• Place something heavy such as books on each corner to weigh it down.
  • Leave the poster there for up to 24 hours
  • When you take the weights off, you’ll have a flat poster.

How do you choose the right frame for your poster?

Framing your poster does more than enhance the picture. A good quality frame will protect the print and make sure it still looks good in the future. When choosing a print and framing it as a piece of wall art in your home, there are so many different factors to consider.

Frame size

Before buying a frame, measure the dimensions (height, width and thickness) to find the right frame size. Remember to choose a frame that’s slightly bigger than your poster to avoid wrinkles or creasing once the poster is in the frame. GB poster frames are designed to fit the size advertised (e.g. A4/A5).

Style and type of frame

Whilst you probably want a frame that will complement the picture on your print, matching the frame to your home décor is much more important. Unless you choose something that clashes, most frames should enhance the image but the frame should fit in with your home décor or you will struggle to find a place to hang it.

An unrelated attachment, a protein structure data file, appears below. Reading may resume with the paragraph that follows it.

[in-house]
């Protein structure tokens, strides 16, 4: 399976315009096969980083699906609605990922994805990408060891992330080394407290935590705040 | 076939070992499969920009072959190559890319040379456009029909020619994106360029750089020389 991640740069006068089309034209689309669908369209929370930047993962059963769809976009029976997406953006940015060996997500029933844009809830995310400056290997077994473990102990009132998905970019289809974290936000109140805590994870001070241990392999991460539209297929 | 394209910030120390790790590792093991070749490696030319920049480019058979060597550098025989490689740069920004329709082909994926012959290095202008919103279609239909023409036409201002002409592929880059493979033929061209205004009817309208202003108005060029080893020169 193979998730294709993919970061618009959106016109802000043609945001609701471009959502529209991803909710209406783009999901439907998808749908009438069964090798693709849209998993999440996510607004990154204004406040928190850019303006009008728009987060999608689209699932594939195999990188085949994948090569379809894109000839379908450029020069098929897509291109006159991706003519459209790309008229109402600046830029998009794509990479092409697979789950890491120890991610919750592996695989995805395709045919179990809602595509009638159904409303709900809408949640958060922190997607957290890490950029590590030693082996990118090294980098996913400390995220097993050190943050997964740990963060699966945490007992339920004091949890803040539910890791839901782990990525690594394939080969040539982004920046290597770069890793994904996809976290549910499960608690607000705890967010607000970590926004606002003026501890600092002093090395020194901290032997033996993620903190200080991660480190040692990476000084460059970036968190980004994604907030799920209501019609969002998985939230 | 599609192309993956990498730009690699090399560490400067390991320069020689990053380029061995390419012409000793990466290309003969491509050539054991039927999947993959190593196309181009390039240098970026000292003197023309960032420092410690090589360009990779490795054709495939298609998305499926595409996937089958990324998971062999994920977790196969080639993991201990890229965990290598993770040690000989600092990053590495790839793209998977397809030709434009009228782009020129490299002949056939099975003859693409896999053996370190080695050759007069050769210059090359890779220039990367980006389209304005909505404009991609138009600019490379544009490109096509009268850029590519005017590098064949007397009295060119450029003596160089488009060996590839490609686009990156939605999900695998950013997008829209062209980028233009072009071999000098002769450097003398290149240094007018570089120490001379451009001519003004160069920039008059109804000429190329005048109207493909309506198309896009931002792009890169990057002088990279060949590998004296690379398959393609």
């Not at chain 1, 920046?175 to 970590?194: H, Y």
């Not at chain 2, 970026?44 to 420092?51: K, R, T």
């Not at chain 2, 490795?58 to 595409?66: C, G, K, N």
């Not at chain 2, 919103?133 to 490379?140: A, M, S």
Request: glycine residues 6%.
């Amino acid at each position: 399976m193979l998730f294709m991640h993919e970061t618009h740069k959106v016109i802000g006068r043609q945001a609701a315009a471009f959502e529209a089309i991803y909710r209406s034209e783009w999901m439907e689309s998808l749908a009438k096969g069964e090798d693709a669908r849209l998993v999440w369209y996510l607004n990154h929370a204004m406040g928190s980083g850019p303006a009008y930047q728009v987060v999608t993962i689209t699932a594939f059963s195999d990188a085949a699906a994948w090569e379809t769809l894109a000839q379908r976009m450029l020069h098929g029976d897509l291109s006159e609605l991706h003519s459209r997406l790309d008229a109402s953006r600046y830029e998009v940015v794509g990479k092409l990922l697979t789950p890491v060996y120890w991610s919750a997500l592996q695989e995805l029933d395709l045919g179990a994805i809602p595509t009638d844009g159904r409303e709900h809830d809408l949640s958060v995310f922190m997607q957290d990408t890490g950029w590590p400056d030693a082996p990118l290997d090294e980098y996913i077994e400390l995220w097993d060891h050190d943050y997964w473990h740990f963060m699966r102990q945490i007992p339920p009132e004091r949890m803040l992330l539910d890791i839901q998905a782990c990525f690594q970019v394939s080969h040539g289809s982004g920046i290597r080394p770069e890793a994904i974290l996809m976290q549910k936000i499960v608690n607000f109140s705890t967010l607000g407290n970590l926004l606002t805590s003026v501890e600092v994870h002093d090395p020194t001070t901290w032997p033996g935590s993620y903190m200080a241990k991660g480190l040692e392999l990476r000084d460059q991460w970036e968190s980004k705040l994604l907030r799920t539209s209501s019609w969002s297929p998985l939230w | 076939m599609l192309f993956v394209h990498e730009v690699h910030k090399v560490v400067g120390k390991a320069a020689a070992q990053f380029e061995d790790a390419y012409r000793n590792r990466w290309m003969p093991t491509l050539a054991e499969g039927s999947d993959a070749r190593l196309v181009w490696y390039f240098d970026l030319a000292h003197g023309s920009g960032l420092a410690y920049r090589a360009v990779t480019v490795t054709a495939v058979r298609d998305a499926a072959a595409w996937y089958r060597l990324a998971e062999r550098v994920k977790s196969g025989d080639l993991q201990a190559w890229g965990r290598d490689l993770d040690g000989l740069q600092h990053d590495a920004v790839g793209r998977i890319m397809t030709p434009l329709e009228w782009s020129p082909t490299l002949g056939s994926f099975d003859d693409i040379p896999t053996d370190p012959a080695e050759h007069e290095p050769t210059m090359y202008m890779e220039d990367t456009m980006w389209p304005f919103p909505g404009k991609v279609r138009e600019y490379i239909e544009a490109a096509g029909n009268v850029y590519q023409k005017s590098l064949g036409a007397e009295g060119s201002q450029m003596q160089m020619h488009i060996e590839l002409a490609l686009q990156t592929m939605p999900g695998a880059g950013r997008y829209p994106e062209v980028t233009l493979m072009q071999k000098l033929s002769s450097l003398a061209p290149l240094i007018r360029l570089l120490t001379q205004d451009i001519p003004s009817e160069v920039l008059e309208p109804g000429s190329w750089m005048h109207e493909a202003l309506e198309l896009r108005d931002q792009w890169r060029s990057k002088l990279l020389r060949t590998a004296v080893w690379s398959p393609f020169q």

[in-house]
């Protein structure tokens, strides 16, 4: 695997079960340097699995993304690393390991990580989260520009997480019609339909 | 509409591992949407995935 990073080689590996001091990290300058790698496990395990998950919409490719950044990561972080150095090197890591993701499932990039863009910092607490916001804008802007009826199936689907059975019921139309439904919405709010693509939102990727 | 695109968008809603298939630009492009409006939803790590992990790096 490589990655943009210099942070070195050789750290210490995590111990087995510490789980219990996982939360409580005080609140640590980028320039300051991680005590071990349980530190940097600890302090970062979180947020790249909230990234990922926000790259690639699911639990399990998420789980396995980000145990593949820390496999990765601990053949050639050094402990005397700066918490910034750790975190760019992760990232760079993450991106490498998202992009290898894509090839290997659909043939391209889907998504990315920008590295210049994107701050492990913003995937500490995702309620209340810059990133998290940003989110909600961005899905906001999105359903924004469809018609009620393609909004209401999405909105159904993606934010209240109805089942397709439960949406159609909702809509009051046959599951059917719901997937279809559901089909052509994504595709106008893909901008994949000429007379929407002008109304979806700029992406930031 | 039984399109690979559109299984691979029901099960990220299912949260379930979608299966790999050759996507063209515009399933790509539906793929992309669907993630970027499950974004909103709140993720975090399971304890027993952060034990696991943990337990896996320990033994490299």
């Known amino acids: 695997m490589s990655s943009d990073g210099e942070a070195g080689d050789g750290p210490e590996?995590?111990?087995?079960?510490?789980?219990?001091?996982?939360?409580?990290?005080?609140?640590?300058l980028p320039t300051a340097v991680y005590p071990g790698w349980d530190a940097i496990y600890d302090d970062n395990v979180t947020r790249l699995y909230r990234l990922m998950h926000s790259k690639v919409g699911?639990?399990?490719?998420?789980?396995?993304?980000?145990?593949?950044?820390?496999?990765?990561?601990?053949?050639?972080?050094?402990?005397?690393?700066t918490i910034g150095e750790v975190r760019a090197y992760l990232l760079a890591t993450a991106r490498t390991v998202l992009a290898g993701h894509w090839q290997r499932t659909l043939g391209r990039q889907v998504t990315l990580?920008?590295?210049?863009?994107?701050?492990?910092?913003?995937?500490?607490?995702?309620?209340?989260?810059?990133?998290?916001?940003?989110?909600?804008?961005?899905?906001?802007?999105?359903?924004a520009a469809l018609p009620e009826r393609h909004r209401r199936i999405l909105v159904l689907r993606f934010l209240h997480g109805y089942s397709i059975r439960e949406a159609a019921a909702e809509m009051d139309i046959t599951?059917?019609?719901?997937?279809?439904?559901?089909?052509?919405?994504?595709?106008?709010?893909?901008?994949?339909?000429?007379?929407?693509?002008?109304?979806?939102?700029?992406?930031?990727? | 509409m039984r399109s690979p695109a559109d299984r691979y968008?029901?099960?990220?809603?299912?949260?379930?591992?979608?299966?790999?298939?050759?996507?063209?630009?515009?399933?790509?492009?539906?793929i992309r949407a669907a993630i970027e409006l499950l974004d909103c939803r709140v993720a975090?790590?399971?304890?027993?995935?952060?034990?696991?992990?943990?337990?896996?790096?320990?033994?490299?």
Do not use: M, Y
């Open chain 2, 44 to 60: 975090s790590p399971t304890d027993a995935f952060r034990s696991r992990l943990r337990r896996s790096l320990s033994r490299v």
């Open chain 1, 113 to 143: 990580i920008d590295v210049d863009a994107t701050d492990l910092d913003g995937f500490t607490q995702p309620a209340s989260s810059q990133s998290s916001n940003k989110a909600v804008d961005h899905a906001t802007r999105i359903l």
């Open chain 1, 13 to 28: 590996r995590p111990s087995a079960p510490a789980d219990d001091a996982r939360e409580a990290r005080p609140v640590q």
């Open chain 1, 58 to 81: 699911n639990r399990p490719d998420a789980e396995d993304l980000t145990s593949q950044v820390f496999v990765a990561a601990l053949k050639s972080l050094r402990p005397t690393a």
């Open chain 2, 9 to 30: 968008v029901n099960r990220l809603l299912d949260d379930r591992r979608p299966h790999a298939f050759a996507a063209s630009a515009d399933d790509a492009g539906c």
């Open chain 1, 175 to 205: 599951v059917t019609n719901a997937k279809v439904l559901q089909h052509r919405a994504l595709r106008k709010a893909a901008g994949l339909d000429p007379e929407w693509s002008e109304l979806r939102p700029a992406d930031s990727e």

Consider a mount or mat board

A mount board will protect your print or poster by providing a rigid and sturdy backing to prevent the artwork from moving or warping when it’s in the frame. It usually sits behind the poster which is attached to it. The mount board is usually made of foam with a paper-based face on each side.

A mat board usually separates the poster from the glass or acrylic glazing by providing a barrier to protect and preserve it whilst providing a border for your poster to make it look more like a piece of artwork. These boards are usually white or cream but they are also available in other colours.

Both boards serve to protect your artwork but they’re for very different purposes.

Can you iron a poster to help flatten it and get it ready for framing?